7 Ways To Turn Around Your Bad Day In A Few Minutes

When crawling back into bed isn’t an option, use these tips to turn your day around, pronto.

7 Ways To Turn Around Your Bad Day In A Few Minutes
[Photo: Julien Laurent/Unsplash]

We all know the feeling of being overwhelmed, annoyed, and feeling like everything is going wrong at work. If you find yourself longing for your commute home, take a few minutes and use these expert and science-backed strategies to change your mood and your day.


Shift Your Focus

“When the train is late or the traffic is terrible, it’s easy to feel the day is sunk before it’s even begun. That’s a problem, because our brains actually only have enough capacity to notice a fraction of what’s around us at any time–a phenomenon known as ‘selective attention,'” says Caroline Webb, CEO of Sevenshift, a New York-based consulting firm that teaches people to use behavioral science to improve their working lives, and author of How to Have a Good Day: Harness the Power of Behavioral Science to Have a Good Day. Once a foul mood hits, it’s likely to color our interactions for the rest of the day if it’s not addressed.

Webb’s antidote: Stop what you’re doing and simply focus on the positive. “Decide to notice three good things. They don’t have to be particularly big or meaningful—perhaps a funny poster, a person being helpful, a nice hat. You’ll reset your mood—which means you’ll go on to spot more good things throughout the day.”

Listen To A Sad Song

Conventional wisdom tells us to turn up the peppy tunes when we’re feeling bad. But “sinking into a sad song” could actually be a better move, says career coach Jane Scudder. A June 2016 study published in the journal PLOS One found that some people actually feel better when listening to sad music.

Scudder says that sad songs may validate feelings of sadness and allow the person feeling them to better deal with them. “You don’t want to ignore it. You don’t want to just say, ‘Nope, I’m not depressed. I’m going to listen to a happy song. I’m totally fine,'” she says. That just bottles up your emotions. If you’re frustrated or sad, give yourself a moment to be frustrated or sad, so you can move on.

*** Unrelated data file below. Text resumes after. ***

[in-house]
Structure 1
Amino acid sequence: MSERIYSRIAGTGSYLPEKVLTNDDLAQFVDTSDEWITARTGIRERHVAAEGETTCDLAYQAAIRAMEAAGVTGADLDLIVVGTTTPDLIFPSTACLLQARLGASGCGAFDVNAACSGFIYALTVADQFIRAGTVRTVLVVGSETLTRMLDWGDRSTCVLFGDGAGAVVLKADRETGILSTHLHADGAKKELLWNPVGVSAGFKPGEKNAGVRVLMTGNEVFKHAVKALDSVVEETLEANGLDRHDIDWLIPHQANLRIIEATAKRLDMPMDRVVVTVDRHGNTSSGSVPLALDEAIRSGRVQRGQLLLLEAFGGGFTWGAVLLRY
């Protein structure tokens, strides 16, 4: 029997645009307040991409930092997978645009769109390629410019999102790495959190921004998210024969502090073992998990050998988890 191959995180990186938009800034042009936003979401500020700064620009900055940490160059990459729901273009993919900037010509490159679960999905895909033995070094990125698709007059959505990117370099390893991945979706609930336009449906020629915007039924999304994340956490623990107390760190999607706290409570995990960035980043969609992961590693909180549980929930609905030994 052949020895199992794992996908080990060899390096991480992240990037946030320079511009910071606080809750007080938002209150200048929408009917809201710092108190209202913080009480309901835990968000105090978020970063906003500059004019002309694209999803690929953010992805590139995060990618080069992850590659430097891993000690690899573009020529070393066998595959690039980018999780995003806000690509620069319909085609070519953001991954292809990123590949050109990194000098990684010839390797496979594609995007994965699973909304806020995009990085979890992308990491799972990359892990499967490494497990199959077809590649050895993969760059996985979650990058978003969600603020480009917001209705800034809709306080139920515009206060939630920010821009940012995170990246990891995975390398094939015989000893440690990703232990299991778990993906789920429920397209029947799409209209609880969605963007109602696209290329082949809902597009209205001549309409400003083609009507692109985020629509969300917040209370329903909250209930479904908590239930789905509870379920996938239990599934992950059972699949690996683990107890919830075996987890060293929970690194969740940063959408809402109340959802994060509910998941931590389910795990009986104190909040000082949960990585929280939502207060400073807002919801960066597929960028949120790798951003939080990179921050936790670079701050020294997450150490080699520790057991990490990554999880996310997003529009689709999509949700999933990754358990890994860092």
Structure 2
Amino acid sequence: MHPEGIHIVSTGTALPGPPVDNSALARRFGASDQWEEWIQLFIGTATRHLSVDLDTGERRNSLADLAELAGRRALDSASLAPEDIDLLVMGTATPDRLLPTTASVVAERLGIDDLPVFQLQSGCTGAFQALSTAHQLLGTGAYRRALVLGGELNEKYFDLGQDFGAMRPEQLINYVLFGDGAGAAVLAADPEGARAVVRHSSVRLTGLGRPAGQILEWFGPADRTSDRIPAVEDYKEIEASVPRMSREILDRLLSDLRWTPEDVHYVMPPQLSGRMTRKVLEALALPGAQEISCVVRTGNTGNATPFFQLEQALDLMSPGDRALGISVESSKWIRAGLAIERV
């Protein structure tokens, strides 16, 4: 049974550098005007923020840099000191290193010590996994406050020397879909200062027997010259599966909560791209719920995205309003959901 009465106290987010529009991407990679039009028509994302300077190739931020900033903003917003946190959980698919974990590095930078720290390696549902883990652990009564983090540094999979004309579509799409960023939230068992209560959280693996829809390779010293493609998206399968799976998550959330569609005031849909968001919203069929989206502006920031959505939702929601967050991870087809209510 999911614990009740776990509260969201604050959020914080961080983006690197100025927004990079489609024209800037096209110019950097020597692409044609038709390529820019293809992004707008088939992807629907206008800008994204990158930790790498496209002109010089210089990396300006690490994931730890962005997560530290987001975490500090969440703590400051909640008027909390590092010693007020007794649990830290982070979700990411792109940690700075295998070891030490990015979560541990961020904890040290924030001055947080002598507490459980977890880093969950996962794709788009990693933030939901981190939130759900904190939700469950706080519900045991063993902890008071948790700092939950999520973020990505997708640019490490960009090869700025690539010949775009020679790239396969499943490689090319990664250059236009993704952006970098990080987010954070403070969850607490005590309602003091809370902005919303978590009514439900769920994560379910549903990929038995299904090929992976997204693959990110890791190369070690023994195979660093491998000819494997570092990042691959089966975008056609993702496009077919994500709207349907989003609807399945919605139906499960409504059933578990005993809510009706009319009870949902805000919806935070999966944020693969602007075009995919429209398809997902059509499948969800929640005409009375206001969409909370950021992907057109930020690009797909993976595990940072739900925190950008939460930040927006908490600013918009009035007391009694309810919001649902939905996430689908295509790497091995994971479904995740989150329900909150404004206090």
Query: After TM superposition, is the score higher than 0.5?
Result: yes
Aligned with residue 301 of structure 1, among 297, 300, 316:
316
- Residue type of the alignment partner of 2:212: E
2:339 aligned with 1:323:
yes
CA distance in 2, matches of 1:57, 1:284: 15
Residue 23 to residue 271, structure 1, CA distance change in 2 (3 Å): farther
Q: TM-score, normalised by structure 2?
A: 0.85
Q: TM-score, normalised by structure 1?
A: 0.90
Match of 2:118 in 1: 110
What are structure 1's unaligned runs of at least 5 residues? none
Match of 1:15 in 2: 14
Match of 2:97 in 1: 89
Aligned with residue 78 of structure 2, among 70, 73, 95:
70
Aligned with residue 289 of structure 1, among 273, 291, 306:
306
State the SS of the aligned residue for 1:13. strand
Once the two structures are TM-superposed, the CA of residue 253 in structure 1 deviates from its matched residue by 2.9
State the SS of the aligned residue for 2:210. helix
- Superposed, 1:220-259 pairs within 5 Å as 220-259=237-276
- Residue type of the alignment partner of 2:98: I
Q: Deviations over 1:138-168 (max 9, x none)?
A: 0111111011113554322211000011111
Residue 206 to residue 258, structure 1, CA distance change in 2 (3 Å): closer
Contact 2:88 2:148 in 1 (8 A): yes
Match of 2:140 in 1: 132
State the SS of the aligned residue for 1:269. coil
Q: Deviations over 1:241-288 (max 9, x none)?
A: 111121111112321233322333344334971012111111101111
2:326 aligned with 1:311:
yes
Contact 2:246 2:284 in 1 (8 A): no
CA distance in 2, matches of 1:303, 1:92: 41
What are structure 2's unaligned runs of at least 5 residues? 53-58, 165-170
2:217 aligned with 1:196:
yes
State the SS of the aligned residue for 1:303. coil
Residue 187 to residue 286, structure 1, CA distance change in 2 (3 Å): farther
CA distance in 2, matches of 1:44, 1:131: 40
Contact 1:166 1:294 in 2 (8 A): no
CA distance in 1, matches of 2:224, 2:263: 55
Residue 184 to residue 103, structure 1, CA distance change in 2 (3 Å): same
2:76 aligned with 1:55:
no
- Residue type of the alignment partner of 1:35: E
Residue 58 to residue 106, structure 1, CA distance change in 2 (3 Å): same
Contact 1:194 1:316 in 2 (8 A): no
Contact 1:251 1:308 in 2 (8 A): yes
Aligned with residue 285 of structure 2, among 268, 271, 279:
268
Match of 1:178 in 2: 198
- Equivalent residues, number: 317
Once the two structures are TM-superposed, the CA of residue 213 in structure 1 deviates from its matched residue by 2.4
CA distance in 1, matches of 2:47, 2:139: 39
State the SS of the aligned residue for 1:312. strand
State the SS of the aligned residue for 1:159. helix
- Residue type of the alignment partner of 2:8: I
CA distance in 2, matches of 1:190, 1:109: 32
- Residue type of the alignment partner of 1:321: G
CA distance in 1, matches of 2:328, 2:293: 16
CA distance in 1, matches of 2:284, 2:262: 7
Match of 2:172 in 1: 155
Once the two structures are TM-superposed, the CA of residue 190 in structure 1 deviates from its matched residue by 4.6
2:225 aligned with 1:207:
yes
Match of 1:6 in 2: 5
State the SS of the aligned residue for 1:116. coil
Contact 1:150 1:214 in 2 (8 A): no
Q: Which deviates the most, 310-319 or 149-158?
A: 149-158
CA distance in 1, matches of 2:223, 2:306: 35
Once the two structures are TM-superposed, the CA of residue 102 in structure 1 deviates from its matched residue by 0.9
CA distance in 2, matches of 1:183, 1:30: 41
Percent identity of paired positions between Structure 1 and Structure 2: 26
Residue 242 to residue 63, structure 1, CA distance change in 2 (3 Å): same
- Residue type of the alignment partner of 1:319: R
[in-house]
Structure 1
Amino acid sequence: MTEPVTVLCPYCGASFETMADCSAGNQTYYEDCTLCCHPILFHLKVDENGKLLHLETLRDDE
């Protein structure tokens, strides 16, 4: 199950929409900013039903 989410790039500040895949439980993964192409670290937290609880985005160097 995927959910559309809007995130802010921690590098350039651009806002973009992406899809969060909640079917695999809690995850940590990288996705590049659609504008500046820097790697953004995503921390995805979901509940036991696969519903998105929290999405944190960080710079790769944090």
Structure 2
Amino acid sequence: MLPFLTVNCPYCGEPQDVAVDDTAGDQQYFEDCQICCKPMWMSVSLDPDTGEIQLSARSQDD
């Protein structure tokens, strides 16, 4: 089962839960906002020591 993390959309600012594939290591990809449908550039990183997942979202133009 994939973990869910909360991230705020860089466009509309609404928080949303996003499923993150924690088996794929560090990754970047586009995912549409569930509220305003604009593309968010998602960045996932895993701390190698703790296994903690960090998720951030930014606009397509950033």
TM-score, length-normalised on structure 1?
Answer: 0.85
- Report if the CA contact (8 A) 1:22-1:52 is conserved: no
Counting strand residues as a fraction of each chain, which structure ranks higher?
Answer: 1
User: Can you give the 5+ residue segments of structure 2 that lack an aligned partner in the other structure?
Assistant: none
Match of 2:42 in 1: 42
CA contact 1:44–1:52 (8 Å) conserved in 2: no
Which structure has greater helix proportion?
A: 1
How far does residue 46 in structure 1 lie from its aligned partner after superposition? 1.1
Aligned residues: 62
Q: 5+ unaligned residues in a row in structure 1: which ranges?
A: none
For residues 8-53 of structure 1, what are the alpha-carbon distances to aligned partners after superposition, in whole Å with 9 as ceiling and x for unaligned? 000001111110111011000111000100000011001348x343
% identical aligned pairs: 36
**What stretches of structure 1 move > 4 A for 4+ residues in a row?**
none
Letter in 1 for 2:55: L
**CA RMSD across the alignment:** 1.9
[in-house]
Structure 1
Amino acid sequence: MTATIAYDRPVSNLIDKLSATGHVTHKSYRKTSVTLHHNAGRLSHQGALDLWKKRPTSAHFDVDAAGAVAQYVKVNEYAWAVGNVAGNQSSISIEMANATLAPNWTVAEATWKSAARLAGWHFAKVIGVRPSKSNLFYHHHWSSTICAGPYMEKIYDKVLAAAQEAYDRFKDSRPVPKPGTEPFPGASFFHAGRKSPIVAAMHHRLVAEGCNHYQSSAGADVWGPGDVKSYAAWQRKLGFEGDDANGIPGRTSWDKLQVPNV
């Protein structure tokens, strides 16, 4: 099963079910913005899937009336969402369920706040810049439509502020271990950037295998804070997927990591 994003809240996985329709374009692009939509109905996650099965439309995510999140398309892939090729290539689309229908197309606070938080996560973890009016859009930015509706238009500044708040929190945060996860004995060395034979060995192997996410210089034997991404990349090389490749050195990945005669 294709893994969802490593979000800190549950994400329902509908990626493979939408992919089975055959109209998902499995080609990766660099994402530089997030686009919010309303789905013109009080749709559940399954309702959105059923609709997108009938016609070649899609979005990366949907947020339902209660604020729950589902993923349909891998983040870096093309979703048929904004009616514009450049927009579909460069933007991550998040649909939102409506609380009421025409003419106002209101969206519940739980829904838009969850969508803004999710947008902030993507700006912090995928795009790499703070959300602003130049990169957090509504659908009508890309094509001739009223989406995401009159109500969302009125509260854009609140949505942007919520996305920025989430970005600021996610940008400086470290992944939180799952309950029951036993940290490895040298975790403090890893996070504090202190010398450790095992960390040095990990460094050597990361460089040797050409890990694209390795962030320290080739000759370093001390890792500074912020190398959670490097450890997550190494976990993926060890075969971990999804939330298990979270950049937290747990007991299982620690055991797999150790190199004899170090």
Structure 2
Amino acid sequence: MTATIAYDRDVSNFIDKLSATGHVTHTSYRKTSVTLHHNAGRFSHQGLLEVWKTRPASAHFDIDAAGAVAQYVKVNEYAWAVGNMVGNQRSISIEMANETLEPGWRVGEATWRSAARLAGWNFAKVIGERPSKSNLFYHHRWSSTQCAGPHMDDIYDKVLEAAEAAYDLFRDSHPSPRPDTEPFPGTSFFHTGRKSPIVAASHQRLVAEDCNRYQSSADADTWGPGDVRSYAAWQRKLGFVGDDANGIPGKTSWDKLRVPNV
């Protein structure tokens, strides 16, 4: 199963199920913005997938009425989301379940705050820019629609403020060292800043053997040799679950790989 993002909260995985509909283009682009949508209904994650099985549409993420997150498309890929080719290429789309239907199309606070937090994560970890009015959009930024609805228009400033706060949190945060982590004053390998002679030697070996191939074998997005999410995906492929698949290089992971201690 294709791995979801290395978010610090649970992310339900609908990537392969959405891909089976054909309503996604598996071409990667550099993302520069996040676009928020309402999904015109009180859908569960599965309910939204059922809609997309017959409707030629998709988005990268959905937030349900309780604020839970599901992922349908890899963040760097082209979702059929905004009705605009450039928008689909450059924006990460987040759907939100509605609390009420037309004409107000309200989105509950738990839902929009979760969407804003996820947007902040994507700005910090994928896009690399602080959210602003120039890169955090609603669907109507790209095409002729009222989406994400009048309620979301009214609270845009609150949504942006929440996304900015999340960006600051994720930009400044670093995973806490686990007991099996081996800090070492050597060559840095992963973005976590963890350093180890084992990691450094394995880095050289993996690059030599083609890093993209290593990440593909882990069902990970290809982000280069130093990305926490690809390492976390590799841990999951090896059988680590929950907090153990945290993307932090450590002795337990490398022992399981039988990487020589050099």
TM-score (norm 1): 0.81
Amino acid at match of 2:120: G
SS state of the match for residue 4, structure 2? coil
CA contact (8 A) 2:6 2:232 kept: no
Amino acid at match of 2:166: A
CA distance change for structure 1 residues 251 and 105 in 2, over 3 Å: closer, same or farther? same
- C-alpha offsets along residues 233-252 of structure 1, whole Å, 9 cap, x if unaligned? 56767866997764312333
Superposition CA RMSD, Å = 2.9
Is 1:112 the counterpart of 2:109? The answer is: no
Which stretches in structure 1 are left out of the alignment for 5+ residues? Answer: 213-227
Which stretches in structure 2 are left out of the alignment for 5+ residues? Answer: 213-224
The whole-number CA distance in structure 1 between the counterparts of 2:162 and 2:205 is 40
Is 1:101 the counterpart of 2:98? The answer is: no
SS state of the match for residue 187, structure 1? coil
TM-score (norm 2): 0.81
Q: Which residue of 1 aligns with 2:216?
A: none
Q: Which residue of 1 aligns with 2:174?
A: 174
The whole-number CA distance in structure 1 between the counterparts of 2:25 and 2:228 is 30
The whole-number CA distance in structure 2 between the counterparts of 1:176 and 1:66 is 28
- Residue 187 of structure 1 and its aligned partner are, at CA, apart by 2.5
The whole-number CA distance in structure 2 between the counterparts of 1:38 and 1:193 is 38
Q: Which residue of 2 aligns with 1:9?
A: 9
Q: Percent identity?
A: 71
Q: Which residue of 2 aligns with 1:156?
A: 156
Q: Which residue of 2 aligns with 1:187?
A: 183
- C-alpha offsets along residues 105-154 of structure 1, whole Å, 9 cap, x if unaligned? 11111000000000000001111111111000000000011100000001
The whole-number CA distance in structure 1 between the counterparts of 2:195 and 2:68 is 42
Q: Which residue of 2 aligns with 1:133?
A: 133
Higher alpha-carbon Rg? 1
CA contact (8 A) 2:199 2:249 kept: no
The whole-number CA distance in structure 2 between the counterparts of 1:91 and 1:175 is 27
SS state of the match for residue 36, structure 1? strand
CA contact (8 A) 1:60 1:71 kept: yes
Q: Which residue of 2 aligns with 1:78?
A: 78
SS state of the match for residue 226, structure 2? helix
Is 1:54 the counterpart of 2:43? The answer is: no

Smell Some Vanilla Bean

Scent is a powerful trigger, and certain scents can help you feel better. A 2005 study published in Chemical Senses found that scents like vanilla bean and clementine made people feel happy. A whiff of your favorite scent could help you feel better during a bad day.


Change Your Scenery

Scudder says that a quick change of scenery can also help reset your mood. Get outside for a moment—we know that fresh air, sunshine, and green spaces can all help people feel better and improve mood. If you don’t have time for a walk outside, head to an empty conference room or a quiet office for a few moments. If you’re really strapped for time, in 2015, researchers found that simply looking at photos of greenery can reduce stress levels.

Write It Out

Research indicates that writing about your feelings can affect how you feel. In one 2005 study, subjects who wrote about their traumatic experiences actually had better physical and psychological outcomes than those who wrote about neutral subjects. So take a few minutes to privately write about what you’re feeling. You may even find that, once it’s down on paper, you can let it go.

Do Something Nice

Webb says that doing something nice for someone else is one of the most reliable ways to improve well-being. “It doesn’t have to be a big thing to make a difference. Pay an unexpected compliment, give up your seat. Stop to give someone directions rather than striding past. Notice how great it makes you feel,” she says.

Treat Yourself

“There’s nothing that can put us in a better mood than satisfying our senses,” says life coach and mindfulness meditation teacher Ora Nadrich, author of Says Who? How One Simple Question Can Change The Way You Think Forever. A sweet treat might do it. If you don’t want to get in the habit of using food to feel better, try some Craniosacral therapy, which is gently massaging your face and scalp. “It can be very soothing and relaxing, and doing it for as little as 10 minutes can make a big difference in how you feel,” she says. Phoning your funniest friend or otherwise injecting some humor into your day can also help.

“The minute you start laughing, you can get someone else laughing, and before you know it, laughter has changed the energy or mood of the day,” she says.

About the author

Gwen Moran is a writer, editor, and creator of Bloom Anywhere, a website for people who want to move up or move on. She writes about business, leadership, money, and assorted other topics for leading publications and websites